The argument is over a 1974-D Lincoln cent made of aluminum that was to be auctions by Heritage Auctions during the April 2014 Central States Numismatic Society auction. Rather than being auctioned, the U.S. Mint requested its return as government property even though it was reported that no records of the coin’s production exist.
According to an updated report appearing in Coin World, the coin was given to Harry Lawrence, a former Denver mint assistant superintendent, as part of a retirement gift in 1979. Upon his death, his possession were willed to his son Randall Lawrence.
Randall Lawrence and Michael McConnell, a San Deigo-area dealer working with Lawrence, consigned the coin to Heritage in hopes to be able to donate at least $100,000 from the sale to charities helping the homeless in San Deigo. Heritage had estimated the coin to be worth $250,000. Lawrence and McConnell are asking the federal court to determine the coin’s ownership.
U.S. Mint does not have records of the aluminum cent being struck in Denver. There are records of 1 million coins struck in Philadelphia. Nearly all were destroy.
The U.S. Mint’s mishandling of their own records are legendary. Some of the more famous coins that have escaped official record include the 1933 Saint-Gaudens double eagle and the five 1913 Liberty Head nickels. Numismatic researcher Roger Burdette has documented significant gaps in the way the U.S. Mint has historically mishandled their own documents. Even in recent years, the U.S. Mint has played fast-and-loose even with required documentation during previous director’s term because the narrative of the annual report would make the U.S. Mint’s performance look less than stellar.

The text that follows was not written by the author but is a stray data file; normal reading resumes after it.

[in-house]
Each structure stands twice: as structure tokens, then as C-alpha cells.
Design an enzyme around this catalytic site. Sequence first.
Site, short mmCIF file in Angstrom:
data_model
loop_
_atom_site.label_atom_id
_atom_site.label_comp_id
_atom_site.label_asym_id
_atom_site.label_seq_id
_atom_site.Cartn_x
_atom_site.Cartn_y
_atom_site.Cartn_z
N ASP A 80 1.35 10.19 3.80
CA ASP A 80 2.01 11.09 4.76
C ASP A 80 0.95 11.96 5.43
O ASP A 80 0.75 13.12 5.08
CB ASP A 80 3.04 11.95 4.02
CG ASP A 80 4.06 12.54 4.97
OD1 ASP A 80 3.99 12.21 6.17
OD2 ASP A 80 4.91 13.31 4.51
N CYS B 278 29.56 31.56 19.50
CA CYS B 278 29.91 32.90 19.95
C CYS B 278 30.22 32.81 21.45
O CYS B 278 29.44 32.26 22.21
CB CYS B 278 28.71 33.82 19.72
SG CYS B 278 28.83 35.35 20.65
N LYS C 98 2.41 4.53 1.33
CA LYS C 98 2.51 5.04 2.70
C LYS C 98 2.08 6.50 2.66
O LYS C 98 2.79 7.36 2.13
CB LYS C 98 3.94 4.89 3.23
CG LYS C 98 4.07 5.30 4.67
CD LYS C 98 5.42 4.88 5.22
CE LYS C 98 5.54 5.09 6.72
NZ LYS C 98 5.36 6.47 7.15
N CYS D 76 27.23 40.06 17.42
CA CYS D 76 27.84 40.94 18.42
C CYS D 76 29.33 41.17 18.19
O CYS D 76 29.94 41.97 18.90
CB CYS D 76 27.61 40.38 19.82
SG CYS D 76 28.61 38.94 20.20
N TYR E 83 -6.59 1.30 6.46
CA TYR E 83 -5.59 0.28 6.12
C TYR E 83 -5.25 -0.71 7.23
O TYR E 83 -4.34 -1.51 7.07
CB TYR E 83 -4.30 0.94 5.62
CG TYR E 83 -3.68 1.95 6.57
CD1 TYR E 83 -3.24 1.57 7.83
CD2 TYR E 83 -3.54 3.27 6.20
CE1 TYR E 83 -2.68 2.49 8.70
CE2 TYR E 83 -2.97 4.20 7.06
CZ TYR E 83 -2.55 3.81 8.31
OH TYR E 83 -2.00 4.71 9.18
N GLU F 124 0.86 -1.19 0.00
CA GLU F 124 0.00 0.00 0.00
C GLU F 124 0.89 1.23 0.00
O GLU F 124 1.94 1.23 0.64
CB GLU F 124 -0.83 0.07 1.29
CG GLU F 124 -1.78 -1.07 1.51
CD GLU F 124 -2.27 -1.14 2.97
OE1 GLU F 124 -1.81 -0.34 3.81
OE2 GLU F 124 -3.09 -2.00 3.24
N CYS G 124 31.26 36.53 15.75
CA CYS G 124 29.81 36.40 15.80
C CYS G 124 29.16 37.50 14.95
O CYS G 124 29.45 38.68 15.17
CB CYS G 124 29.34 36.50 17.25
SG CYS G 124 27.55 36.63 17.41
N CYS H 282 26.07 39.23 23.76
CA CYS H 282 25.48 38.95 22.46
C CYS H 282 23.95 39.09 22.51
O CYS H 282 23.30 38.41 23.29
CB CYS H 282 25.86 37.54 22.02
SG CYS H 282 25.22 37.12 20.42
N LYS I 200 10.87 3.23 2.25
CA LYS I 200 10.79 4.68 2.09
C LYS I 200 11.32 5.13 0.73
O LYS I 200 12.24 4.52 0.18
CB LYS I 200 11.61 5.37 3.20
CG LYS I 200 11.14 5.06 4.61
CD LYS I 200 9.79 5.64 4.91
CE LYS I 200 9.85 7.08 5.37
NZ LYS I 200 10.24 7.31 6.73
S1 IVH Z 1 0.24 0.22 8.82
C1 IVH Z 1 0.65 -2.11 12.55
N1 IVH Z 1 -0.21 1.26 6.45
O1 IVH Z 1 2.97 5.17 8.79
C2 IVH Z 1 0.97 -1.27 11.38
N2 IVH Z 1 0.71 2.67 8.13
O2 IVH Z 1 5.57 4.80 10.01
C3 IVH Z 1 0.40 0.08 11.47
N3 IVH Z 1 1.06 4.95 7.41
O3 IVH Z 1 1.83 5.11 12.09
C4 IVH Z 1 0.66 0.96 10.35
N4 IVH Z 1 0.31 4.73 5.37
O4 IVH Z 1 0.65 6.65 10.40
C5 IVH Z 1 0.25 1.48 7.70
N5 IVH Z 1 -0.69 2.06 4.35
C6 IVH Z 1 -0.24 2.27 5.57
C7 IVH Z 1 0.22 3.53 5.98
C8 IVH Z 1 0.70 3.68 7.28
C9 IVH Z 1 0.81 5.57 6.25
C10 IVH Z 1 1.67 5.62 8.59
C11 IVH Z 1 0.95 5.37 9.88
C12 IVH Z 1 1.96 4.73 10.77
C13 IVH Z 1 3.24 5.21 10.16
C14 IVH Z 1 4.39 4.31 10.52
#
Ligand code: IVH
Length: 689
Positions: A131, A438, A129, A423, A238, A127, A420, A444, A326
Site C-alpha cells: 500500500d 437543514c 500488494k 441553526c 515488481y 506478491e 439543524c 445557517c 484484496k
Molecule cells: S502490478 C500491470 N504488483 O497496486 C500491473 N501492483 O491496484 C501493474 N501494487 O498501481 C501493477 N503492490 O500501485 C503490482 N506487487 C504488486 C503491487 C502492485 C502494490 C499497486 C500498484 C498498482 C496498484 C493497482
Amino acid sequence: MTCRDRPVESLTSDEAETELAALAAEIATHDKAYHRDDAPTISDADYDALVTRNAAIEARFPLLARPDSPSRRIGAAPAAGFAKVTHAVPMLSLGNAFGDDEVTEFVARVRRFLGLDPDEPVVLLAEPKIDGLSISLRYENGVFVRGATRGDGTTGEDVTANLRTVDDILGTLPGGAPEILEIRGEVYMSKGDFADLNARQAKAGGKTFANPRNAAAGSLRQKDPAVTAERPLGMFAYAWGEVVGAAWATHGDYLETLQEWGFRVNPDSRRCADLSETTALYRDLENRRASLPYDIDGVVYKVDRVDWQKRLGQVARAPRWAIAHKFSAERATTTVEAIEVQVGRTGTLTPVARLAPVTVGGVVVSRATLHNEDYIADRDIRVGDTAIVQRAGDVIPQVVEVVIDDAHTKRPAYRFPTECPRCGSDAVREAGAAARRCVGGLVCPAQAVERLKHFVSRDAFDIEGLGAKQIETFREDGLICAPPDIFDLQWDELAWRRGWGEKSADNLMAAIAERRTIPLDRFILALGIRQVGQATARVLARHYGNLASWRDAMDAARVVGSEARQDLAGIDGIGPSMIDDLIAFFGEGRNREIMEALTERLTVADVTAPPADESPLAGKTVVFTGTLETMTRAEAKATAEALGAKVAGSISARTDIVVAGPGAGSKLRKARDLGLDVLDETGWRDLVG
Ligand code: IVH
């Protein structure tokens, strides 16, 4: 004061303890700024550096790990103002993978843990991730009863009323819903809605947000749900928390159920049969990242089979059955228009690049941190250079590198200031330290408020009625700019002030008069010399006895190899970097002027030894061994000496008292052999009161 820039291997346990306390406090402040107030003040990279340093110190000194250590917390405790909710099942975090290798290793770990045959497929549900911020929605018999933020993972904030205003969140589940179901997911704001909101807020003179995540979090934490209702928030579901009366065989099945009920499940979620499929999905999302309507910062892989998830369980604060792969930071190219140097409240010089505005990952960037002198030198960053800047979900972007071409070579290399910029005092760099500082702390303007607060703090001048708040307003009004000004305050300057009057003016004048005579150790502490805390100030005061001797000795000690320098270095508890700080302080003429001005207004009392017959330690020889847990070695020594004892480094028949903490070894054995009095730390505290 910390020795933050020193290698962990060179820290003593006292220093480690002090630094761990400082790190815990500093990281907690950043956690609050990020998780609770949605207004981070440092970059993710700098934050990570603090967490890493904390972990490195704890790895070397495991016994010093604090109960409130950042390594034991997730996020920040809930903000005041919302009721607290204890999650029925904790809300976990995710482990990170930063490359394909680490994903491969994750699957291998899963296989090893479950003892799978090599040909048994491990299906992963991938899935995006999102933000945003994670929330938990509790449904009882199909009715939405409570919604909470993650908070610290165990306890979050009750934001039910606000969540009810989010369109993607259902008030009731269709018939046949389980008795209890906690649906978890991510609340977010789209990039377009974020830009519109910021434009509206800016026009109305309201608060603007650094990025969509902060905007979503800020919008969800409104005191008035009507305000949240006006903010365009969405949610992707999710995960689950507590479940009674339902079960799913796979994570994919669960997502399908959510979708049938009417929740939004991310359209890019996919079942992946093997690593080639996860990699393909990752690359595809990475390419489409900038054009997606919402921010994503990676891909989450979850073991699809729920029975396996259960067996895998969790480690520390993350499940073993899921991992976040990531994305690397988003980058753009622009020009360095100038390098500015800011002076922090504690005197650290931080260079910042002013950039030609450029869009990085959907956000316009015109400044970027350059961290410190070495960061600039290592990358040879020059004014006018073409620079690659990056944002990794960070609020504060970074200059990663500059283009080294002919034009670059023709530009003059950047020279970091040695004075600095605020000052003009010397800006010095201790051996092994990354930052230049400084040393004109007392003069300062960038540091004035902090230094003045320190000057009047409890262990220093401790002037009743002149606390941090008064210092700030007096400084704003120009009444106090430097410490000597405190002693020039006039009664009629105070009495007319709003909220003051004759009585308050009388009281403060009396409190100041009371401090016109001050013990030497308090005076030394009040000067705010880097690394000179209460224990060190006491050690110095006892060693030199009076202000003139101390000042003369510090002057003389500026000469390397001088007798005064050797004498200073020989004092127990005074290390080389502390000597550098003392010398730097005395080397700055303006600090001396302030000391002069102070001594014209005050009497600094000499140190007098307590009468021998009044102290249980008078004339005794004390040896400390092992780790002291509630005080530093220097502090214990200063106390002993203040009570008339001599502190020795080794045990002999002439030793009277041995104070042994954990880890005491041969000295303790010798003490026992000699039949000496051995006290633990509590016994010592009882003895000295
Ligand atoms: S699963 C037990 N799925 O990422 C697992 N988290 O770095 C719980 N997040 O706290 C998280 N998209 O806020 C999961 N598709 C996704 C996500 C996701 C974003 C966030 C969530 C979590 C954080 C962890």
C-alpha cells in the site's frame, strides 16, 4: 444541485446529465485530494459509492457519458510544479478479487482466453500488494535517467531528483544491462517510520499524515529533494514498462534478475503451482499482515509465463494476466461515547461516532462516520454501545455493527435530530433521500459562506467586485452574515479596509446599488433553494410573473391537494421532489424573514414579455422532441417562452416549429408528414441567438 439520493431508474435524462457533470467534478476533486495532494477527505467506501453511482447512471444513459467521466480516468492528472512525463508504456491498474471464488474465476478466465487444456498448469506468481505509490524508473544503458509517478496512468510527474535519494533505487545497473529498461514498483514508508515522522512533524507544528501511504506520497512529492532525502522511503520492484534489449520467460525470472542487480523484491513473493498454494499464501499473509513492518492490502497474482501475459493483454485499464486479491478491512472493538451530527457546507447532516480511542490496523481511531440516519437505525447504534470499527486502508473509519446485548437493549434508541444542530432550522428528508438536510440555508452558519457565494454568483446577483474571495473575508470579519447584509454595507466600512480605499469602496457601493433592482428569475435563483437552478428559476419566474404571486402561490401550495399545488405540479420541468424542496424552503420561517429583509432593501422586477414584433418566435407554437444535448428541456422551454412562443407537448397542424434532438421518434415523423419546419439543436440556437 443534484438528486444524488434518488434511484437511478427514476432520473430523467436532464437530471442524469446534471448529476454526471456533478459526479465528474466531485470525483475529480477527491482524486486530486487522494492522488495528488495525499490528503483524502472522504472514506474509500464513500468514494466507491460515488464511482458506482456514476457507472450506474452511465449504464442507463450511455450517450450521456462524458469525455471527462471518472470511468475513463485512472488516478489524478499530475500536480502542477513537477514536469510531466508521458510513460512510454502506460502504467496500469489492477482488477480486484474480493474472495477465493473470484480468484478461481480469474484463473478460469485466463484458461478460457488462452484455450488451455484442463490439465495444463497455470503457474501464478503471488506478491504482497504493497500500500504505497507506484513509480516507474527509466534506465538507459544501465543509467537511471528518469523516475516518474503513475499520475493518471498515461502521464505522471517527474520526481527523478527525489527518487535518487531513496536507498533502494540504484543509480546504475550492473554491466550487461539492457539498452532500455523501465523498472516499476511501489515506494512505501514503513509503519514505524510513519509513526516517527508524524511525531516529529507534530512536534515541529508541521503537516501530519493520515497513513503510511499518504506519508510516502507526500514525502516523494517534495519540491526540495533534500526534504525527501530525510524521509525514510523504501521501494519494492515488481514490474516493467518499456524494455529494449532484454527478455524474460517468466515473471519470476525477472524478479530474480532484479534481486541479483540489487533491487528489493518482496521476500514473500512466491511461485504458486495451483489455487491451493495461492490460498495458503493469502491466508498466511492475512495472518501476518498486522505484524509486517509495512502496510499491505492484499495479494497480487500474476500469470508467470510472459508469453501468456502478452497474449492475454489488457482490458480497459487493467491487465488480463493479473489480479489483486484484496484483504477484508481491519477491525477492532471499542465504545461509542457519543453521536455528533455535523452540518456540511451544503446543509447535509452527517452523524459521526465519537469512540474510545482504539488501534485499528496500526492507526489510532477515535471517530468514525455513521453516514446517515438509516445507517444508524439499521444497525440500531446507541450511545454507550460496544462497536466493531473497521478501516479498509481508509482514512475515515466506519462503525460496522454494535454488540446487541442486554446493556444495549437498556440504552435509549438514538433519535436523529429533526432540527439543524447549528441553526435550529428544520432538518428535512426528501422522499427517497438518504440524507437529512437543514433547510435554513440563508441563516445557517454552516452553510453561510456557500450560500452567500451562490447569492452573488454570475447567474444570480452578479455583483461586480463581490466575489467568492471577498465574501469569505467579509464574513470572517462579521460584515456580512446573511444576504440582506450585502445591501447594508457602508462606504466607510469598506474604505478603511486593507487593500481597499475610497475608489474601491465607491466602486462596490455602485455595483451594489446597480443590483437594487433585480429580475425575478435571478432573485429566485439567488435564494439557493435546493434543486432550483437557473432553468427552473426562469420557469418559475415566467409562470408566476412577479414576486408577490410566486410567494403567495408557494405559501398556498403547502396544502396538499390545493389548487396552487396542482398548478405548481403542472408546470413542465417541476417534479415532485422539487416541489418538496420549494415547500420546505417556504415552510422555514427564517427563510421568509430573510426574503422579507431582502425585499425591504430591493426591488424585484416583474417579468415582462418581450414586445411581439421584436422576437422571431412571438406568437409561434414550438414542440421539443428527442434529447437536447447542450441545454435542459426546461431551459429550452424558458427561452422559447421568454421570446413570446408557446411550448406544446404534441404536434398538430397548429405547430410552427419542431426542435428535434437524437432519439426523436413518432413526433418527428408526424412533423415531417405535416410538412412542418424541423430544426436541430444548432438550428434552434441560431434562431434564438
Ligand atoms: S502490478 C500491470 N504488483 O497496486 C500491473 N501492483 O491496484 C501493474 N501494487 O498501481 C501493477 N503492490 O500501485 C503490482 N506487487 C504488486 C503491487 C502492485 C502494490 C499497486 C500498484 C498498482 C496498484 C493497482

Unfortunately for the U.S. Mint, Coin World reporter Paul Gilkes was able to interview former Denver Mint employee Benito Martinez “who said he personally struck fewer than a dozen of these coins as a die setter on aluminum planchets provided by the Philadelphia Mint.” Martinez said that these coins eventually made its way to the U.S. Mint headquarters in Washington, D.C.
Aside from the bad precedent this would create for all pattern coins and trial strikes, this has the potential to undo whatever good will the U.S. Mint has built with the collecting public in the last few years. Problems with the Kennedy gold coin not withstanding, the work that the U.S. Mint has done after the departure of Director Edmund Moy to build a more collector-friendly can be undone by continuing this fight.
Maybe it is time that the lawyers at the U.S. Mint and the Department of the Treasury stop trying to flex its muscles and realize the goodwill that would be created by changing policies and attitudes. After all, like all lawyers it is possible to interpret the law in a manner that would be more helpful while protecting the U.S. Mint and the U.S. government.